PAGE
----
If Donald Trump wins the US Presidential election on Tuesday, his victory will be celebrated by few in Indonesia, where his anti-Muslim rhetoric has made him deeply unpopular.
Just 10 per cent of 500 Indonesians polled in the survey commissioned by the South China Morning Post said they wanted Trump to win the election – a stark contrast from the popularity incumbent President Barack Obama, who spent four years of his youth in Indonesia, enjoys in the world’s most populous Muslim nation.
Support for Clinton in Indonesia (90 per cent; respondents had to pick one or the other for this part of the survey) was second only to South Korea, where 93 per cent were rooting for her to win.
Nine per cent said Trump would be better for Indonesia’s national interests, 67 per cent said Clinton was better, the rest said neither, while 8 per cent said the Republican was better for Asia, 67 per cent said the democrat and the rest said neither.
Eighteen per cent felt Trump would make the world a safer place, while 73 per cent felt the same about former secretary of state Clinton.
Observers said Trump’s sweeping comments linking all Muslims with terrorism had significantly affected Indonesians’ perception of him.
In December, following a mass shooting linked to Islamic State (IS) in San Bernardino, California, Trump called for a blanket ban on Muslim immigrants to the United States.
And in June, following another mass shooting carried out by a US-born Muslim man at an Orlando gay night club, Trump said he would impose stricter surveillance on mosques and warned that Muslim radicals were “trying to take our children”.
“It should not be surprising that in the world’s largest majority-Muslim nation, rejection of Trump’s anti-Muslim rhetoric is higher than in other nations,” said Marcus Mietzner, an expert on Indonesian politics at the Australian National University.
“The only surprising thing is that the numbers aren’t even higher,” he added.
Mustafa Izzuddin, a Southeast Asian politics researcher at Singapore’s ISEAS-Yusof Ishak Institute, said to some extent “the negative view held by Indonesians of Donald Trump is a reflection of international public opinion of him as an egomaniac madman”.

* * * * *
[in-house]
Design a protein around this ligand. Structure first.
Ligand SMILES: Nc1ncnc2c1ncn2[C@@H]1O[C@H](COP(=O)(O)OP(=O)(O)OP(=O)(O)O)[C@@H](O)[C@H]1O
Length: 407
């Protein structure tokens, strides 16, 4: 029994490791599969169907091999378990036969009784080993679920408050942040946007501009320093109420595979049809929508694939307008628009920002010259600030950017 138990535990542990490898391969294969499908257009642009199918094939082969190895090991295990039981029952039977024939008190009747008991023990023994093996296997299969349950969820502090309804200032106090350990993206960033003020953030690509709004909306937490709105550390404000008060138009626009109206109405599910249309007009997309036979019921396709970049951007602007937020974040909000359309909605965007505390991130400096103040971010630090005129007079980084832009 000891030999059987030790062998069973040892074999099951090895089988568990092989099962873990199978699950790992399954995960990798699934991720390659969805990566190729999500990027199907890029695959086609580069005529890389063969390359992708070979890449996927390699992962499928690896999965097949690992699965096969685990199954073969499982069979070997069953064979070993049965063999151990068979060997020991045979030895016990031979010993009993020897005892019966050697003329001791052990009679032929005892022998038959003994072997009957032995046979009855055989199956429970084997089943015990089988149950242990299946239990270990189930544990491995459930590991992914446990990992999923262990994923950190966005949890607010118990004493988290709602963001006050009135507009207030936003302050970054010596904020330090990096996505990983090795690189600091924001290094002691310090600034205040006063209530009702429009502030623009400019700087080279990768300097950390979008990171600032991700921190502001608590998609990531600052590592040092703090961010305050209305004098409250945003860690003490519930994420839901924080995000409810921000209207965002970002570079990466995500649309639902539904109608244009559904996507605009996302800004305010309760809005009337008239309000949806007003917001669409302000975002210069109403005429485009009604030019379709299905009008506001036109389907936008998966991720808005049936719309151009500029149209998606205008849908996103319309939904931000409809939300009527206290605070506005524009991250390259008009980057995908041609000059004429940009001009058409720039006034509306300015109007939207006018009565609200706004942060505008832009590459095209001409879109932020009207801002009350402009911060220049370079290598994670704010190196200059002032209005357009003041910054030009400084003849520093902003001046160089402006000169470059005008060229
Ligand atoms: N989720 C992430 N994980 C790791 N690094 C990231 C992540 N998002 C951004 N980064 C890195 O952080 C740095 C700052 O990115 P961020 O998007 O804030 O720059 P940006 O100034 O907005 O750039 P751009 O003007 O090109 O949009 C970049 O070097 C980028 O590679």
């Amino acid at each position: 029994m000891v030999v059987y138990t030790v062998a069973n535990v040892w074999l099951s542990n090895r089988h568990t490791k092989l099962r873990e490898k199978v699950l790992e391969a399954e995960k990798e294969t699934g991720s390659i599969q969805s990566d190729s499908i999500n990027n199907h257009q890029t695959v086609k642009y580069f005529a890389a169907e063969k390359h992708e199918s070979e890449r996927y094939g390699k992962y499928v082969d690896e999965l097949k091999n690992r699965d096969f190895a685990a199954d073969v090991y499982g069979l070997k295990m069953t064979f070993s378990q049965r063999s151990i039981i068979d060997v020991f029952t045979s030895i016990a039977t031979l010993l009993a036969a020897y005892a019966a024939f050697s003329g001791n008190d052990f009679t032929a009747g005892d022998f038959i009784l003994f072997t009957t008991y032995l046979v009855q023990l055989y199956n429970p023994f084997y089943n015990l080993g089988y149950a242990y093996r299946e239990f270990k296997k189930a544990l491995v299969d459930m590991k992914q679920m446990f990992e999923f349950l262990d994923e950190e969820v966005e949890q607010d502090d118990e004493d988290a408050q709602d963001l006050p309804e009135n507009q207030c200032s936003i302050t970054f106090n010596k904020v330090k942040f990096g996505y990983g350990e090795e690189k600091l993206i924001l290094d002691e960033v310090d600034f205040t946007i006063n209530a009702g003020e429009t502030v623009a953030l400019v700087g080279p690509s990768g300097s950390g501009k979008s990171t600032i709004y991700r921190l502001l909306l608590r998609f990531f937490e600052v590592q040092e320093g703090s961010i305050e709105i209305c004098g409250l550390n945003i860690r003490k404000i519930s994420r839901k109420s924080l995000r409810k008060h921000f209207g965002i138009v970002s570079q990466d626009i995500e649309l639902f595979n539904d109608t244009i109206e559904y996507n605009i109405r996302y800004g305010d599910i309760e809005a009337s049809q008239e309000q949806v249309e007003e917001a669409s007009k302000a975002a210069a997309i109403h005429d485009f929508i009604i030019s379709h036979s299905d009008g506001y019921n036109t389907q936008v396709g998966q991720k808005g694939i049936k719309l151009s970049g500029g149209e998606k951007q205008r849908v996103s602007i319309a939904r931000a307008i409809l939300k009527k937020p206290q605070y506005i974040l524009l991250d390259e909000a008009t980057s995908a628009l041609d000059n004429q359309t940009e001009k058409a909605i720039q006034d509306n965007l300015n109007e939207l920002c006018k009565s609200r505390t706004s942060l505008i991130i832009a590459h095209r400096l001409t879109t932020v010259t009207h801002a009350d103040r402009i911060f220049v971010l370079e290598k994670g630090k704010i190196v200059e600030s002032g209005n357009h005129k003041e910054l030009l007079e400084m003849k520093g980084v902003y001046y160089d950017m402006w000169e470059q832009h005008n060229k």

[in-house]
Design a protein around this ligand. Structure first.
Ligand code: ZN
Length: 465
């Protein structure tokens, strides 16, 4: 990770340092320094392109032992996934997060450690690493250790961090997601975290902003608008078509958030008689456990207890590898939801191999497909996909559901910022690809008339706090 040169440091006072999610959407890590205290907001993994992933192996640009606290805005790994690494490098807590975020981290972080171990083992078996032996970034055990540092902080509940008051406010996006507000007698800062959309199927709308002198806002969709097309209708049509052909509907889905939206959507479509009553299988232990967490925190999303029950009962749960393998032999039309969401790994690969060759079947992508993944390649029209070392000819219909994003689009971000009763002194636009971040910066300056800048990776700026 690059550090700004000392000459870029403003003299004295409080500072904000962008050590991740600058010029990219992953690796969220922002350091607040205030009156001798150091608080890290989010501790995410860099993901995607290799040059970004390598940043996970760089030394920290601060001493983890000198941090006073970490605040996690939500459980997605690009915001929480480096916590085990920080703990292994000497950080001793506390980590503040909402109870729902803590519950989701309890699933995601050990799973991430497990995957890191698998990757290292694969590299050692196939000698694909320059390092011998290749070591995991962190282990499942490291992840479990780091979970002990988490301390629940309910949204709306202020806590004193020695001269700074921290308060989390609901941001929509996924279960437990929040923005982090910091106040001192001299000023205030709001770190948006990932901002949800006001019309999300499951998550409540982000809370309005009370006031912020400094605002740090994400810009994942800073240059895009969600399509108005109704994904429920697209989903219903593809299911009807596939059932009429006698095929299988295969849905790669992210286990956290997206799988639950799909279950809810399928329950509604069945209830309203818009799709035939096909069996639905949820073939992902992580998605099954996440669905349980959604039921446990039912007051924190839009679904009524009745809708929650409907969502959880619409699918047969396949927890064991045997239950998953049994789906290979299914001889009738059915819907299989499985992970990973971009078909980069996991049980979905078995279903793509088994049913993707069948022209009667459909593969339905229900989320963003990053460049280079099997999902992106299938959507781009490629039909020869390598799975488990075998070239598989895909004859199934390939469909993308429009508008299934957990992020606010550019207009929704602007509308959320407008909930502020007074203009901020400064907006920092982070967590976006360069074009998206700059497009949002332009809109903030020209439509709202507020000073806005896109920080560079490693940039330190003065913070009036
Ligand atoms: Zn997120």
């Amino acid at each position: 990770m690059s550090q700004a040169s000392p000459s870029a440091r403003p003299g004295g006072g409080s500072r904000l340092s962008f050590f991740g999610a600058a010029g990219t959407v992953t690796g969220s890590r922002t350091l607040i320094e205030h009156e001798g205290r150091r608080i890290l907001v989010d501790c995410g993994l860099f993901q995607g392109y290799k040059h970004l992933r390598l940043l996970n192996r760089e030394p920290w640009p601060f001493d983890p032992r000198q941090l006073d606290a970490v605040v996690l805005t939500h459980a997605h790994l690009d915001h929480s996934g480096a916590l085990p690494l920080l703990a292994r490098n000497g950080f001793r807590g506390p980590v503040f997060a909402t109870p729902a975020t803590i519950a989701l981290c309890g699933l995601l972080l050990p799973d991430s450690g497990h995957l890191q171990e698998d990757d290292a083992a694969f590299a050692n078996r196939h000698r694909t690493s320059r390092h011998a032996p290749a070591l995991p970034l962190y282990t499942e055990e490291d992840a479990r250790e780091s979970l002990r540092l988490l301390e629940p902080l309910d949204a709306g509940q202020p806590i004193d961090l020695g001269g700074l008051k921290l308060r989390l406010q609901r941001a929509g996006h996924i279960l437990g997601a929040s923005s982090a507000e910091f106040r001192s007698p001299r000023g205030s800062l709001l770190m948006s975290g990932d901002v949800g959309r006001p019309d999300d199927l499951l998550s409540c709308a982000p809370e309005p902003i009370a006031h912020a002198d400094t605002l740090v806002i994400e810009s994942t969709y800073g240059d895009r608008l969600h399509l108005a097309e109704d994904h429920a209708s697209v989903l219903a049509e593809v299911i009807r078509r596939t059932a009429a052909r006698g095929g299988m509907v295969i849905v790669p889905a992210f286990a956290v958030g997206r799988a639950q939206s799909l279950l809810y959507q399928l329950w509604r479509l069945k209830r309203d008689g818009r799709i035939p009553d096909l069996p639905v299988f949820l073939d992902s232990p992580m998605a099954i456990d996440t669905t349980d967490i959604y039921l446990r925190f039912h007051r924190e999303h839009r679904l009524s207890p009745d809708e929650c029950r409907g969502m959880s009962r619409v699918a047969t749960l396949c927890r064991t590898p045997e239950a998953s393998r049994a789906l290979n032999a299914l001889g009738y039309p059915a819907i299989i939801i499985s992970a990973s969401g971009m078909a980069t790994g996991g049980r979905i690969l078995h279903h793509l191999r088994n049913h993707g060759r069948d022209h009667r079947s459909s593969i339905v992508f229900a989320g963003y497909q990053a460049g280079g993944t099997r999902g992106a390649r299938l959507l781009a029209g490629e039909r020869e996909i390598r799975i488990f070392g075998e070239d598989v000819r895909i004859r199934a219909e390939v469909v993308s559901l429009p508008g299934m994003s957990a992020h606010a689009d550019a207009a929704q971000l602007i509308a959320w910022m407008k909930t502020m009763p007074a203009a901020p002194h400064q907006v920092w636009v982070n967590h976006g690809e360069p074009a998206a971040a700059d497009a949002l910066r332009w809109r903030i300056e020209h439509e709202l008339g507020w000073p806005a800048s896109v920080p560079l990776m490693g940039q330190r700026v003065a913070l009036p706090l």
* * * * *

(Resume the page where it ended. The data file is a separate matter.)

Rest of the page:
But local reasons played a part too.
“Donald Trump’s obnoxiousness, repulsive personality and treating of others different from him… is antithetical to being Indonesian, underpinned largely by Javanese cultural expression and etiquette,” Mustafa said.
In the poll of 3,614 people in six countries – including Singapore, China, Japan and the Philippines – Indonesia stood out for having the highest number of people who associated Trump with arrogance. Sixty-six per cent of those polled in the country associated Trump with arrogance, compared to just three per cent who did so for Clinton.
Fifty-one per cent associated Trump with being morally unfit – compared to three per cent who felt the same about Clinton. And 42 per cent felt Trump was divisive; five per cent said the same about Clinton.
Indonesians ranked fighting international terrorism as the country’s foremost foreign policy priority – there are thought to be close to 500 Indonesian citizens fighting alongside IS in Syria and Iraq. Fifty-nine per cent said Clinton was better suited to deal with international terrorism, the rest plumped for Trump.
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The Indonesia section of the survey had a margin of error of plus or minus 4.8 per cent.
“It is important to remember that the findings show that Indonesians are extremely fearful about the growing spectre of global terrorism and the possibility of IS setting up shop in Southeast Asia,” said David Black of Singapore-based Blackbox Research, which the Post commissioned to conduct the poll.
“Yet the findings show that Trump’s tough talk on terrorism and IS is not carrying any sway with Indonesians,” he added.
“The fact that 42 per cent view him as divisive in some part illustrates that his anti-Muslim rhetoric undermines any message he communicates about defeating terrorists.”